Stay Awake and Bake: Chain Bets on 24-Hour Tanning

With a 24-hour A.T.M., a 24-hour Hot & Crusty, and a 24-hour Dunkin’ Donuts all operating along the same Upper East Side block, it seems only fitting that Beach Bum Tanning, located at 1276-A Lexington Avenue, is also open around the clock.

But at 2 a.m. on Tuesday, the night owls in that neighborhood appeared to be more interested in baked goods than baked skin.

“I’ve got one person in a booth right now,” said José, the lone staffer working the salon’s graveyard shift.

With that single booth in use, 10 others sat dark.

Busy night? “Not really,” said José.

If staffing the place and running the overhead lights continuously through the quiet night for the benefit of the odd patron or two, week after week, sounds like a waste of money and electricity, then perhaps Beach Bum Tanning vice president James Oliver can provide some illumination.

“We wouldn’t be doing more [salons] if this wasn’t a profitable venture for us,” Mr. Oliver recently told Counter Espionage.

That’s right—more salons, open all night long.

In February, the Astoria, Queens–based Beach Bum plans to open two brand-spankin’-new round-the-clock tanning spots in Manhattan: a 3,500-square-foot, 22-booth pseudo-sun-and-spray center at 25 West 14th Street, and a smaller, 2,500-square-foot, 18-booth, second-floor space above Tasti D-Lite at the corner of Lexington Avenue and 23rd Street.

The unveiling of these new awake-and-bake venues has been timed to coincide with the dawning of prime pigment-enhancement season, which generally runs from Valentine’s Day through Labor Day.

The nonstop service is a major selling point for the salon chain.

“As our season approaches in February, you’re gonna see a lot of advertising from us, letting people know about our 24-hour service,” Mr. Oliver said. “We’re definitely gonna play it up.”

The Beach Bum brand has become somewhat synonymous with 24-hour tanning, at least in Queens, where the company first debuted its all-hours policy at a Forest Hills salon nearly 10 years ago. “It was so popular,” according to Mr. Oliver, “we do it now in Howard Beach, Bayside, Astoria, East Meadow and Stony Brook.”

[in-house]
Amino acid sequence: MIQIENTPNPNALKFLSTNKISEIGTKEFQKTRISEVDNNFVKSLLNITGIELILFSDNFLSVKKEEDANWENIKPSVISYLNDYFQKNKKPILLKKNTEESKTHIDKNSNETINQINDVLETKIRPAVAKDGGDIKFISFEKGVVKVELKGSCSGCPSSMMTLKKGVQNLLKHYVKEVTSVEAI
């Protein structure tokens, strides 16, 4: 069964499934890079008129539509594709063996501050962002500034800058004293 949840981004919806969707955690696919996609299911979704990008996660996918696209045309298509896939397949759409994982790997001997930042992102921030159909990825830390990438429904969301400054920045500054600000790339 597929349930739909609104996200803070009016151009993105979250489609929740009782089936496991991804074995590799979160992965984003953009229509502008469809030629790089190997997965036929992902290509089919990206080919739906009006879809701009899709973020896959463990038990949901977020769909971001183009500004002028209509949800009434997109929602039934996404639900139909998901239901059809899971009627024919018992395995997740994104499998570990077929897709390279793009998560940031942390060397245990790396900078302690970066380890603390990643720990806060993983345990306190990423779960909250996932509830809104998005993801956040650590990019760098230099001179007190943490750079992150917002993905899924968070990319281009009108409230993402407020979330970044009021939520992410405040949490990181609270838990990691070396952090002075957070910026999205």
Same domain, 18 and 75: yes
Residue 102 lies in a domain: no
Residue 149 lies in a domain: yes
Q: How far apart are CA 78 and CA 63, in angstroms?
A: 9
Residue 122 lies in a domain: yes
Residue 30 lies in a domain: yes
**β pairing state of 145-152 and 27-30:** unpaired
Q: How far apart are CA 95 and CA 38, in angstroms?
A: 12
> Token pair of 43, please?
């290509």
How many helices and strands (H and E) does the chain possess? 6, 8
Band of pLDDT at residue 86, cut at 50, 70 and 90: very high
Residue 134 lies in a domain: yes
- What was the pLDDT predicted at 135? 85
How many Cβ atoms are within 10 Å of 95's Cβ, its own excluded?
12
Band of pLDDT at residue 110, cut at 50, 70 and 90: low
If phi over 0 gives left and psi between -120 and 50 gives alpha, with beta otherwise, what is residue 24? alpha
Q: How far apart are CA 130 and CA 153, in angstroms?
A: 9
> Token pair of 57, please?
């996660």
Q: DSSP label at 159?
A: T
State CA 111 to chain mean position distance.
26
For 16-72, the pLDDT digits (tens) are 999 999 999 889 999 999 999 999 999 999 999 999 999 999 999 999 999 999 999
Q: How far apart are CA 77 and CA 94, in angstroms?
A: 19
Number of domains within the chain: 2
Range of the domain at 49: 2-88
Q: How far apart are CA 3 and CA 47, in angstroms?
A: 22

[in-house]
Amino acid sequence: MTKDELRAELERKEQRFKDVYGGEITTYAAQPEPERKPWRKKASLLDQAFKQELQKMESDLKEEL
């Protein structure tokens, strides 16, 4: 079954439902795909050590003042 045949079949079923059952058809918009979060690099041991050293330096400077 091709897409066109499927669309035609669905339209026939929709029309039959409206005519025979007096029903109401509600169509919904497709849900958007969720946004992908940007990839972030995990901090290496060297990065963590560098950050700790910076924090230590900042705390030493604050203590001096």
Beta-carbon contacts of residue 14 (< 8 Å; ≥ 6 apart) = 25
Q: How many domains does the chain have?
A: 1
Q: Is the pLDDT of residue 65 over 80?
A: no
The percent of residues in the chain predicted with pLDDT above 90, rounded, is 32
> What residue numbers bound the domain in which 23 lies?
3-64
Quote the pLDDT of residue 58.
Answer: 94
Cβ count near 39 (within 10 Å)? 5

Yet for years, the outer-borough-biased company disenfranchised an entire market of underserved Manhattanites desperate for the same middle-of-the-night ultraviolet treatment—however few that might be.

Only last April did Beach Bum duly extend service into the wee hours at its Upper East Side digs. Patrons of the two other Beach Bum locations west of Central Park still must struggle to find adequate tanning time between the ungodly hours of 8 a.m. and midnight.

Mr. Oliver explained the company’s tan-anytime philosophy as an effort to meet consumer demand.

“A lot of our clientele is in the service industry,” he said, citing restaurant and strip-club personnel in particular. “They have very off hours.

“We were finding that we were getting a lot of people starting to come in at 12 or 1 o’clock when we were closing at 12,” he continued. “A lot of people wanted us to stay open an extra hour, an extra two. And we had a lot of people asking us to open earlier than 8 o’clock.”

Epidermal needs of strippers and servers aside, it’s also a pretty good gimmick.

“If you’re a customer and you tell your friend, ‘My tanning salon is open 24 hours,’ it becomes a conversation,” Mr. Oliver said. “It’s like, ‘Whoa! A tanning salon open 24 hours?’”

It further provides customers with peace of mind, he added. “If a person uses it or not, it’s no big deal,” he said. “But if I go someplace and know it’s 24 hours, then I know I don’t ever have to call and say, ‘Hey, you open?’ I can go anytime I wanna go and I don’t even have to think about it.”

Beach Bum isn’t Manhattan’s first UV peddler to gamble on the convenience or the word-of-mouth wow factor that all-night service provides.

Four years ago, rival rays-and-sprays chain Hollywood Tans also advertised 24-hour service at its 388 Sixth Avenue location in the West Village. But it wasn’t long before that salon ceased after-midnight operations altogether; the 30-booth venue now closes promptly at midnight.

Two employees working the reception desk there around 9:30 p.m. on Monday told Counter Espionage that they’re lobbying for the salon to shut its doors even earlier, given the lack of late-night foot traffic.

Quitters! Mr. Oliver sees that dead time as an opportunity.

“Those hours from 2 to 4, or 2 to 6, that we don’t see anybody—so what? The guy can clean,” he said. “If there’s any painting that needs to be done, any touchups, or steam-clean the carpet—we do that at night. We find it’s really, really worked out well for us.”